my mind instantly goes to an image of Myrna Loy. myrna

Myrna Loy created a body of work that very few actresses will ever be able to match,
in terms of comedic and dramatic quality —

Her death at age 88 in 1993,
closed a life that was full of adventure, challenges, and joy.

— She always had lived her life by her motto :
Life is not a having and a getting, but a being and a becoming.”

When I think of Myrna,
I remember a quote of hers when she was describing why she loved playing Nora Charles…..

And I’ve always been struck by just how much she might have been describing her self.

myrna” Nora had a gorgeous sense of humor;
She appreciated the distinctive grace of her husband’s wit.
She laughed at him, and with him when he was funny.
What’s more, she laughed at herself.
Besides having tolerance, she was a good guy.
She was courageous and interested in living–
— and she enjoyed doing all the things she did.

You understand, she had a good time, always. “

And may that be said of all of us, my friends.


PS: If you’re enjoyed this post, please drop me a comment and let me know.

If you didn’t ….
…. awwww,
well, feel free to keep that to yourself.




“Vamp” – Theda Bara

rolfThere was no actress who steamed up the screens
of early motion picture
theatres more than
Theda Bara– – –

She has been called
the original ‘vamp’:

and she really was
the American silent
screen’s first sex symbol.

Theda appeared in more than 40 films,

and although many a1
of them are now lost….

those films that remain
extant show an actress
who totally understood
how to project a personal
sense of smoldering, exotic
sensuality and desirability
through the camera lens.

The ‘vamp’ archetype
is an old one —

Men have almost
an inborn taste
for the idea
of a provocative,
dominant, wanton,
and assertive female,

who uses the power
of her femininity
and sexuality to ‘seduce’
them away from their
sense of ethics and judgement –

mystery—- capable of ‘taking control’
of their resources and their passions,

Even to the point of personal ruin.

Theda played that role
on screen like no one ever had,
and no one ever will—

….even modern literature
has rarely seen such
1aan intense characterization
of this concept —

And in this respect,
her performances have
more affinity for the
psychologist than the
cinema student.

The scripts could be
vastly different,

….. but she always brought
this allegorical aspect
into her characters.

In movies like:
“A Fool There Was”,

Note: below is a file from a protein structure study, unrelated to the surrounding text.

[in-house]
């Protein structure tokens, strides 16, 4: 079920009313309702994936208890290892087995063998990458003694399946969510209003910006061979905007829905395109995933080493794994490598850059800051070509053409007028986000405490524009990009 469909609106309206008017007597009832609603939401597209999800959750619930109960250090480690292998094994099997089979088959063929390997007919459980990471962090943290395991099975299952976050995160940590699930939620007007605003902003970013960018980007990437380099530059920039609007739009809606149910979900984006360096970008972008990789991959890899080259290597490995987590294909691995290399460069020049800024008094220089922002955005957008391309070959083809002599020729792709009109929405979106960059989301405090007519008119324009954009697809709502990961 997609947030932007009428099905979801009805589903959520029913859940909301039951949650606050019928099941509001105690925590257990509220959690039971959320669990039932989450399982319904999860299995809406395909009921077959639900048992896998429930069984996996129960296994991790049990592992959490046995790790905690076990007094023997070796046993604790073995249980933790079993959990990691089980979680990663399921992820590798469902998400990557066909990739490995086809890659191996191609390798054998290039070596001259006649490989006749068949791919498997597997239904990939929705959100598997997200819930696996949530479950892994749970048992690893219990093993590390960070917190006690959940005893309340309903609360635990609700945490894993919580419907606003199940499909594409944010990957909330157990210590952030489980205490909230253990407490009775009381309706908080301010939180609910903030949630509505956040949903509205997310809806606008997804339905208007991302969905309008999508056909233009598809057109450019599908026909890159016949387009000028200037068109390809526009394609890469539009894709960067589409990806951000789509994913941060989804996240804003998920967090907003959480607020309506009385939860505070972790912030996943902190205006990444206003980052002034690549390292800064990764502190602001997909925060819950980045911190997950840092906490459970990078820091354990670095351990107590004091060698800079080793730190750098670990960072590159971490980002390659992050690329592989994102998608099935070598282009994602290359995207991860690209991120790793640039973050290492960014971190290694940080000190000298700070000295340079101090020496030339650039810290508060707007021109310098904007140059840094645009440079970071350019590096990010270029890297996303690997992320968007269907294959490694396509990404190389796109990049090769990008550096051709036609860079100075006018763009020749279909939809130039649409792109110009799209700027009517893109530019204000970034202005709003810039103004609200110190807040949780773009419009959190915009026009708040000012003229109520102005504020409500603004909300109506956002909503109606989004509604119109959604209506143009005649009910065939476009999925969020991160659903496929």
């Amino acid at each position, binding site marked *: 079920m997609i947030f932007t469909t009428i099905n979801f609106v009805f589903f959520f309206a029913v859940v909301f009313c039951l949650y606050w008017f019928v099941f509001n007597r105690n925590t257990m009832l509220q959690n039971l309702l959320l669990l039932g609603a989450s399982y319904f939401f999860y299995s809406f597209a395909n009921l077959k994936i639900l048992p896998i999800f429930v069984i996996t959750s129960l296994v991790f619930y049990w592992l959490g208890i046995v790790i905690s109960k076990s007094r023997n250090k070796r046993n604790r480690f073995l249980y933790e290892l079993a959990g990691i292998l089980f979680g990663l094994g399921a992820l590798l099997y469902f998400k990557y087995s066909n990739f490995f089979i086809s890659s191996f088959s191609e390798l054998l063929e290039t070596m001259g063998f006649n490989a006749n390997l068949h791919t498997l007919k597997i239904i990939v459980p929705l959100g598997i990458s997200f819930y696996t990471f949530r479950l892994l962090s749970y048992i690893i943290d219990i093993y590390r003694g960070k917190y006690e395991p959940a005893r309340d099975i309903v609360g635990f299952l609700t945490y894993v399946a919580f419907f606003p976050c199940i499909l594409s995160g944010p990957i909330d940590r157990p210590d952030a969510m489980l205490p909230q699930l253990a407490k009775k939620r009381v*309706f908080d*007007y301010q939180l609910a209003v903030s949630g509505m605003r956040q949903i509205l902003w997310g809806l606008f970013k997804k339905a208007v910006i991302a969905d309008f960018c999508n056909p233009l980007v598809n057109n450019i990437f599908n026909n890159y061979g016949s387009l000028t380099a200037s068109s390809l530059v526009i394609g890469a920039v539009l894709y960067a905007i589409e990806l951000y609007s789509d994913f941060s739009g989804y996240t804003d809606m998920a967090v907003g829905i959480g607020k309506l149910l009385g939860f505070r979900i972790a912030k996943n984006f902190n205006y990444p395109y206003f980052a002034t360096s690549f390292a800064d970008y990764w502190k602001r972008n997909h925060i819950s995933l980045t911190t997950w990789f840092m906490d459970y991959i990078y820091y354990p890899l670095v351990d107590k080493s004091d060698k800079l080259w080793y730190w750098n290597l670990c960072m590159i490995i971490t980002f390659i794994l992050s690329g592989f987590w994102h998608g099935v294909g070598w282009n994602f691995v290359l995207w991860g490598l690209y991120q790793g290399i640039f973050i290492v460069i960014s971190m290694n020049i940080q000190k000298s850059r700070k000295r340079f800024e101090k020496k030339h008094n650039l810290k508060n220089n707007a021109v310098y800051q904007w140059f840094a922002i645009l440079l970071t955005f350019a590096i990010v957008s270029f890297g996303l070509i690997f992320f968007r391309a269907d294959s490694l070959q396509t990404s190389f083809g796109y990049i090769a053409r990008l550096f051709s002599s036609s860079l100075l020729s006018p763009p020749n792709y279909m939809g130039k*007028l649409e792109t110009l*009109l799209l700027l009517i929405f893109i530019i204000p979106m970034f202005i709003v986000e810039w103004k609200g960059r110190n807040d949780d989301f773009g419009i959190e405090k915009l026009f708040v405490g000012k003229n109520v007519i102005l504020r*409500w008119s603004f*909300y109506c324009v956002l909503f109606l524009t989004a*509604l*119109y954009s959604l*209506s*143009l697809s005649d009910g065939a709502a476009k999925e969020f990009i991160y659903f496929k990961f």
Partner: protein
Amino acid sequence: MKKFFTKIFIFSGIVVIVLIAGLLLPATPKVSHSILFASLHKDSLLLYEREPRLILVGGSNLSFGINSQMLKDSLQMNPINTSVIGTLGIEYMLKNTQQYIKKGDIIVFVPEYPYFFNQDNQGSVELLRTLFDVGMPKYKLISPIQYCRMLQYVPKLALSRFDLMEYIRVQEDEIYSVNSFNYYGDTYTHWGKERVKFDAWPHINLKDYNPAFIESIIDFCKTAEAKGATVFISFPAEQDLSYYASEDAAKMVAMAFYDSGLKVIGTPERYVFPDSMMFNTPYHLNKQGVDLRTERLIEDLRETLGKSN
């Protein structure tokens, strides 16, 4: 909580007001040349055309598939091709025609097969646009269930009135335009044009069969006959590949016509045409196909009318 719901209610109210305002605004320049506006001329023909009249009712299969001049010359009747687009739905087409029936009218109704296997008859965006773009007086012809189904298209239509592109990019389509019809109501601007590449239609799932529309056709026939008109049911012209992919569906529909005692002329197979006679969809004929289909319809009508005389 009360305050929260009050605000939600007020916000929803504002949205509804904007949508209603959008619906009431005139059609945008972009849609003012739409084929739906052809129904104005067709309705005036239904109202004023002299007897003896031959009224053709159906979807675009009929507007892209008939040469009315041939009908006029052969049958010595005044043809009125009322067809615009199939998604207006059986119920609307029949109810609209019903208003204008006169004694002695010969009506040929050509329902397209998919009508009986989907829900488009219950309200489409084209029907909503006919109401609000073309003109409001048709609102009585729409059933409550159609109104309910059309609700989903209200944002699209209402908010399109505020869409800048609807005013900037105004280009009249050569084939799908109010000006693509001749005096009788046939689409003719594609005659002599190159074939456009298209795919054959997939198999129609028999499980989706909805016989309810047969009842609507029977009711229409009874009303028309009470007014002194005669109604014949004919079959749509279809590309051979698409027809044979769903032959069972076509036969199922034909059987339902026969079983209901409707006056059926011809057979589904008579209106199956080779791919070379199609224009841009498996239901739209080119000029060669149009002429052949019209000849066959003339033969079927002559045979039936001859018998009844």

“The Devil’s Daughter”,
“Gold and the Woman”,
“The Unchastened Woman”,
and “When a Woman Sins”,

….. she played the head-strongthedabara ambitious female
that would stop at nothing
to get what she wanted-

whether the motive
was a mercenary one,

….. or whether her character
was driven by desire
for the fulfillment
of deeper needs and passions.1916

In the classic films:
and the “Eternal Sappho”,

…. her rendering of the vamp
reflected the idea that sex itself
was subject to the darker forces a2
of the anima and animus
over which a person could
have very little control.

She also played more
classical divas like “Cleopatra”,

and Juliet in “Romeo and Juliet”,

thedabara……but always with that very unique Theda Bara edge.

The costumes used in a
Theda Bara picture were
often very alluring and transparent–

Her beautiful buxom figure,
deep set eyes, and almost
mesmerizing body language
combined to complete the package —

The effect that she had
on audiences can be
partly experienced by simply
looking at posters and publications
from the era featuring her image.sins

Male audience members
couldn’t take their eyes off her,

…… and women would
often faint or scream
during a performance.

Her impact on screen was magnified by the fact that movies were still in their infancy,

….and most audience members
had some degree of difficulty
remembering that what
they were seeing in the theatre
wasn’t reality, despite the
lack of sound or color.

She was quite aware of this effect,
and although she sometimes
tired of the ‘vamp’ role,

she was quoted in the 1920’s as saying:

“I will continue doing
vampires as long as people sin”.

1aWhile some film critics
like to speak of actresses
like the beautiful Clara Bow
as the earliest example
of a silent screen sex symbol,

Theda Bara’s work predates the
“It Girl” by almost 10 years,

….and while Clara’s persona
was one very in tune
with the twenties —
fun loving, perky,
and somewhat even innocent,

Bara’s work was Gothic,bara
darkly Jungian, and cerebral —

— as if nudging the
unconscious mind
where unresolved
fears and lusts,
the by-products of an
industrial age, still lurked.

(and still lurk)

Bara was born in 1885,
in Cincinnati, Ohio,
as Theodosia Burr Goodman,

…..and first appeared on stage
at the age of 23 in a play
called “The Devil” (1908).

Her first film was made in 1914,
in New York, called “The Stain”,

(she made 4 more in
the following year )

…. but within three years,
she, along with most of rest
of the fledgling motion
picture industry, had
moved to Hollywood, California.

aShe retired in 1926, and consequently, never made a ‘talking picture’.

She worked mainly for Fox Studios,

and when the Fox nitrate-film archive in New Jersey burned down in 1937,

—– most of her films
burned with it.

What we have left of her work
are some short previews,
fragments of clips, and
complete copies of only 6 films.

And, of course,
—- these wonderful posters and pictures.

One added point —

henry cliveThere are several very
important pin up art pieces,
that were inspired by Miss Bara —

The top picture on this post
was painted by Rolf Armstrong.

Another, this one on the right,
featuring Miss Bara as Cleopatra,
was painted by Henry Clive.

And, of course,
there was a set of
pictures taken of Marilyn Monroe,
doing homage to Theda Bara
as Cleopatra, as well.

A picture from that series is below.



So, here’s to beautiful,
sensual women of every age and era !!!!!